According to the Tent of Nations mission statement, the group’s goal is to build bridges between people and the land by bringing different cultures together to develop understanding and promote respect for other human beings and the environment. The organization runs summer camps for children, women’s empowerment camps, and provides opportunities for international volunteers to help on the family’s farm. Nassar acknowledges that these camps cannot create systemic change for Palestinians in the region, but he maintains that it is still an effort to promote peace, unity, and understanding in the area.

“Maybe what we are doing there is a very small thing,” Nassar said. “But it’s better than nothing. Every step can make a difference.”

Ani Sargsyan (‘22) valued Nassar’s perspective on the Israel-Palestine conflict and believes she learned more about the situation and local efforts to combat injustice from his lecture. “I’ve always been interested in this conflict, but I hadn’t known a lot about it before,” Sargsyan said. “I thought this would be a good opportunity to learn more, especially since it’s from someone who’s actually from that area. I learned more about the situation and about the Tent of Nations,which I thought was so inspiring.”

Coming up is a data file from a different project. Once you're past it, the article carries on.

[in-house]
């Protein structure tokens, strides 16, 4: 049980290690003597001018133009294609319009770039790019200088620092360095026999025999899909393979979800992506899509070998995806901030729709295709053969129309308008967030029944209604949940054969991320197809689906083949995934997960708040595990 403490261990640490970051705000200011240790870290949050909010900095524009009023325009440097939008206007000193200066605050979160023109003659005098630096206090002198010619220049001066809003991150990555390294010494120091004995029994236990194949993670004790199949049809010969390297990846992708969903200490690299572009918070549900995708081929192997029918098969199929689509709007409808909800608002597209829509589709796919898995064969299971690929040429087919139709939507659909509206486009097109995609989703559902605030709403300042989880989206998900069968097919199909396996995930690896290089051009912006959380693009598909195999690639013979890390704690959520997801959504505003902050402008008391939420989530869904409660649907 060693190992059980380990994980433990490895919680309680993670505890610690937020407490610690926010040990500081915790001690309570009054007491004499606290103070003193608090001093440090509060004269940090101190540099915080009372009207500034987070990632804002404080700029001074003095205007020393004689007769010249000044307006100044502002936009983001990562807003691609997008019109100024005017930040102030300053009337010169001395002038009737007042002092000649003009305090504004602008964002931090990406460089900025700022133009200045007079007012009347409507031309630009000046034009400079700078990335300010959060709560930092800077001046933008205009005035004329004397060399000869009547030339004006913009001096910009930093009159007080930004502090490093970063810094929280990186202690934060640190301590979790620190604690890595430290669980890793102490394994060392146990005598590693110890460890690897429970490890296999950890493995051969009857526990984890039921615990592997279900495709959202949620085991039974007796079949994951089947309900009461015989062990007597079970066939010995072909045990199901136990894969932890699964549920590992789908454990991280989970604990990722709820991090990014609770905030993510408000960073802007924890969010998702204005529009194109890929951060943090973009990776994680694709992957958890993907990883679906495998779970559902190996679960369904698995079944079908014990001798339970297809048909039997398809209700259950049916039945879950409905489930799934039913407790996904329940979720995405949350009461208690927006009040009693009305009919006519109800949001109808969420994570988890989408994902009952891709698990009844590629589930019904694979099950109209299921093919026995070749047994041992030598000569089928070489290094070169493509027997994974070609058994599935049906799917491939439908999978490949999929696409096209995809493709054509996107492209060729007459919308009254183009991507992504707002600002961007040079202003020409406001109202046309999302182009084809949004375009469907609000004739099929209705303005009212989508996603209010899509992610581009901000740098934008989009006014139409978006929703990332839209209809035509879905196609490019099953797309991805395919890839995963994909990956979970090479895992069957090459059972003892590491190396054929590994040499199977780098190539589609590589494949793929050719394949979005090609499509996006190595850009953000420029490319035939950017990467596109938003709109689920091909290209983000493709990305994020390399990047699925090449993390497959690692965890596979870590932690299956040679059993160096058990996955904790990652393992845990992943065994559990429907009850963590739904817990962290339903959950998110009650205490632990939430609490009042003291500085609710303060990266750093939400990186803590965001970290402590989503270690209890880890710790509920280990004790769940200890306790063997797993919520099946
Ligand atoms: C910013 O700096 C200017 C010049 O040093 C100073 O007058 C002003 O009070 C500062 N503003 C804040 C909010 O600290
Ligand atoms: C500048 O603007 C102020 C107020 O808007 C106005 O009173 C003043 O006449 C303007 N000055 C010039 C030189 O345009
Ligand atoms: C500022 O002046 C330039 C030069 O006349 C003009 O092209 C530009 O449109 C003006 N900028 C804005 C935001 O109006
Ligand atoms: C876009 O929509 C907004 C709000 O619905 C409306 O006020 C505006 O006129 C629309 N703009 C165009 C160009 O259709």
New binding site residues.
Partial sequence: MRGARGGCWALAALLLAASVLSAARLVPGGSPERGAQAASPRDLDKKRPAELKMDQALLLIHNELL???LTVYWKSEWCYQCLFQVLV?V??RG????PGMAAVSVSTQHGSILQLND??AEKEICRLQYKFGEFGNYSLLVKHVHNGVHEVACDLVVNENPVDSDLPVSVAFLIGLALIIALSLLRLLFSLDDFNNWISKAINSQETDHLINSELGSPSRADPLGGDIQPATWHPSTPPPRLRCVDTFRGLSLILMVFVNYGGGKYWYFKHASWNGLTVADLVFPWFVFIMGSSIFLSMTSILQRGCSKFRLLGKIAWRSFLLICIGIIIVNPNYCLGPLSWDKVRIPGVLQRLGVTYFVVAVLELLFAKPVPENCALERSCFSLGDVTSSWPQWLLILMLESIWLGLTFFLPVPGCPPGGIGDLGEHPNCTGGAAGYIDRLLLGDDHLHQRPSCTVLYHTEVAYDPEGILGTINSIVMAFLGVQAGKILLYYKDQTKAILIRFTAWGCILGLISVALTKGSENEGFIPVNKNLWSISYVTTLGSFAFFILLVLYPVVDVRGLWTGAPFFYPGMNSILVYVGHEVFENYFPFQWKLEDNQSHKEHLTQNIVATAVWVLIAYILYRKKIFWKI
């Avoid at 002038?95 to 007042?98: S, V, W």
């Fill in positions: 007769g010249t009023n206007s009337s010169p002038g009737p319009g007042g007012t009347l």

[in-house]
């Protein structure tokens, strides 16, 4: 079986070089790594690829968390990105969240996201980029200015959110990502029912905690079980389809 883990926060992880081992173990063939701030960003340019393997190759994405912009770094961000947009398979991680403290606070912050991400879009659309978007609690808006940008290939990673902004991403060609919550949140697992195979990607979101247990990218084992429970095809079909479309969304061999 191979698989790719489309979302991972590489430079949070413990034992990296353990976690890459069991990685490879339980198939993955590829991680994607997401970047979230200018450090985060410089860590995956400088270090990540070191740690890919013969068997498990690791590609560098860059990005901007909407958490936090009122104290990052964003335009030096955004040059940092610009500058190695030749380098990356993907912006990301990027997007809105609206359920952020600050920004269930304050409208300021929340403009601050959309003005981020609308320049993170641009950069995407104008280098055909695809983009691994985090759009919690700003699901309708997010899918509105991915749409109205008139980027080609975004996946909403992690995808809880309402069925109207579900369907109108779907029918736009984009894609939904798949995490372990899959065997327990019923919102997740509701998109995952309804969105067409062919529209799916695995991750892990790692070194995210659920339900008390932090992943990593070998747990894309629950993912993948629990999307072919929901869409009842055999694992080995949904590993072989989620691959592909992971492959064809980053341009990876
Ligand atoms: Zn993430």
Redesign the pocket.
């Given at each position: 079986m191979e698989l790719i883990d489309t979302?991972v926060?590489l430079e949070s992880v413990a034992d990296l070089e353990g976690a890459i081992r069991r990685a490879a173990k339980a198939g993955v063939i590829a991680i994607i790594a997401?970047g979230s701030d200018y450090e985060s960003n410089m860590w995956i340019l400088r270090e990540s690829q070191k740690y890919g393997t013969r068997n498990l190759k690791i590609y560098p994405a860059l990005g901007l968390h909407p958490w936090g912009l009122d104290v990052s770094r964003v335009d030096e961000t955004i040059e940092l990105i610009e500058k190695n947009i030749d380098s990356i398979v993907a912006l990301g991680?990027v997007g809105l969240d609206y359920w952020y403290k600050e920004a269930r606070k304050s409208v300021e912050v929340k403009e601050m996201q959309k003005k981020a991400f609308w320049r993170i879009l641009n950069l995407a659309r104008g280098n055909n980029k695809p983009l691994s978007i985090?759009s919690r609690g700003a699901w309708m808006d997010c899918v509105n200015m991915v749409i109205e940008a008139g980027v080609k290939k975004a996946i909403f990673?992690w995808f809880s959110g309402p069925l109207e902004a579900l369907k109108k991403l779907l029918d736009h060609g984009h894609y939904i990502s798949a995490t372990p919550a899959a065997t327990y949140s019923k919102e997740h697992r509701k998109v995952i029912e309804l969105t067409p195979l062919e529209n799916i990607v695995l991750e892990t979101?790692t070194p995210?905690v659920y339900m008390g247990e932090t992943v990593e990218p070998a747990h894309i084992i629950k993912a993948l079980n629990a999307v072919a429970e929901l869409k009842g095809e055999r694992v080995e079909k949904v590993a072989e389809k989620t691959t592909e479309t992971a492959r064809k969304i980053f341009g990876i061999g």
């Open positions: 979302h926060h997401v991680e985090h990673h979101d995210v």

Amanda Johnson (‘22) says she appreciated Nassar’semphasis on the value of perseverance.
“[You have to] hold your head up high,” Johnson said.

“You can’t just sit there and cry and complain about anything because it’s not going to stop anything. You just have to act accordingly and keep persisting.”

Anthony Hamer (’21) Photo Bureau
Dad Nassar talks about his family’s experiences with the Israeli government during his lecture “We Refuse to be Enemies.”